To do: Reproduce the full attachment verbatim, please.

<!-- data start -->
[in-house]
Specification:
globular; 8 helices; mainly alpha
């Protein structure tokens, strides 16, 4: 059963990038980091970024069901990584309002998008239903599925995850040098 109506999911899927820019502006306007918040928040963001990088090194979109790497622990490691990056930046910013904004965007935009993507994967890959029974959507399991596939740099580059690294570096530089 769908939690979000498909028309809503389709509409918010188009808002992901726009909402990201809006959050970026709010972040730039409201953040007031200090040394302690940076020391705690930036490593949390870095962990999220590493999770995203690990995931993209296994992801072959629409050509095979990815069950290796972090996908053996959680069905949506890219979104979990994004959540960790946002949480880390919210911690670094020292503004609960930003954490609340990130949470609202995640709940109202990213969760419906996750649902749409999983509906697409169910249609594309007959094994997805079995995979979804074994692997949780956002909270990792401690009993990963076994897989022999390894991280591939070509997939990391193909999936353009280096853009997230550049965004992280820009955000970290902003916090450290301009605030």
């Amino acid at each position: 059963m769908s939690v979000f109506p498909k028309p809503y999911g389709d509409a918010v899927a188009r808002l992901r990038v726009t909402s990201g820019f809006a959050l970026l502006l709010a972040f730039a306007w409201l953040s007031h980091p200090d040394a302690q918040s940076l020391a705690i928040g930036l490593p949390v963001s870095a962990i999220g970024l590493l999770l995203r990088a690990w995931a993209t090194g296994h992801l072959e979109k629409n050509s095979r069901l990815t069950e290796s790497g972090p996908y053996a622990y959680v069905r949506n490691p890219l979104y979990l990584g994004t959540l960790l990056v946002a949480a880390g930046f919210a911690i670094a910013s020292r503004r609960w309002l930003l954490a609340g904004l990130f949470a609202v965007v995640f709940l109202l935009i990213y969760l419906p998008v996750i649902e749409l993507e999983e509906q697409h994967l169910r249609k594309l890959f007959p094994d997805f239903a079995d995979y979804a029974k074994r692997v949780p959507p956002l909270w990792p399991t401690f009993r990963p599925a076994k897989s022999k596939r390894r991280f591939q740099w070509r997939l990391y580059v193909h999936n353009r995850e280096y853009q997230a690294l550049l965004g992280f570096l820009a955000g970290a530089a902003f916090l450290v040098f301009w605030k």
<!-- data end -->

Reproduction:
[in-house]
Specification:
globular; 8 helices; mainly alpha
């Protein structure tokens, strides 16, 4: 059963990038980091970024069901990584309002998008239903599925995850040098 109506999911899927820019502006306007918040928040963001990088090194979109790497622990490691990056930046910013904004965007935009993507994967890959029974959507399991596939740099580059690294570096530089 769908939690979000498909028309809503389709509409918010188009808002992901726009909402990201809006959050970026709010972040730039409201953040007031200090040394302690940076020391705690930036490593949390870095962990999220590493999770995203690990995931993209296994992801072959629409050509095979990815069950290796972090996908053996959680069905949506890219979104979990994004959540960790946002949480880390919210911690670094020292503004609960930003954490609340990130949470609202995640709940109202990213969760419906996750649902749409999983509906697409169910249609594309007959094994997805079995995979979804074994692997949780956002909270990792401690009993990963076994897989022999390894991280591939070509997939990391193909999936353009280096853009997230550049965004992280820009955000970290902003916090450290301009605030």
């Amino acid at each position: 059963m769908s939690v979000f109506p498909k028309p809503y999911g389709d509409a918010v899927a188009r808002l992901r990038v726009t909402s990201g820019f809006a959050l970026l502006l709010a972040f730039a306007w409201l953040s007031h980091p200090d040394a302690q918040s940076l020391a705690i928040g930036l490593p949390v963001s870095a962990i999220g970024l590493l999770l995203r990088a690990w995931a993209t090194g296994h992801l072959e979109k629409n050509s095979r069901l990815t069950e290796s790497g972090p996908y053996a622990y959680v069905r949506n490691p890219l979104y979990l990584g994004t959540l960790l990056v946002a949480a880390g930046f919210a911690i670094a910013s020292r503004r609960w309002l930003l954490a609340g904004l990130f949470a609202v965007v995640f709940l109202l935009i990213y969760l419906p998008v996750i649902e749409l993507e999983e509906q697409h994967l169910r249609k594309l890959f007959p094994d997805f239903a079995d995979y979804a029974k074994r692997v949780p959507p956002l909270w990792p399991t401690f009993r990963p599925a076994k897989s022999k596939r390894r991280f591939q740099w070509r997939l990391y580059v193909h999936n353009r995850e280096y853009q997230a690294l550049l965004g992280f570096l820009a955000g970290a530089a902003f916090l450290v040098f301009w605030k």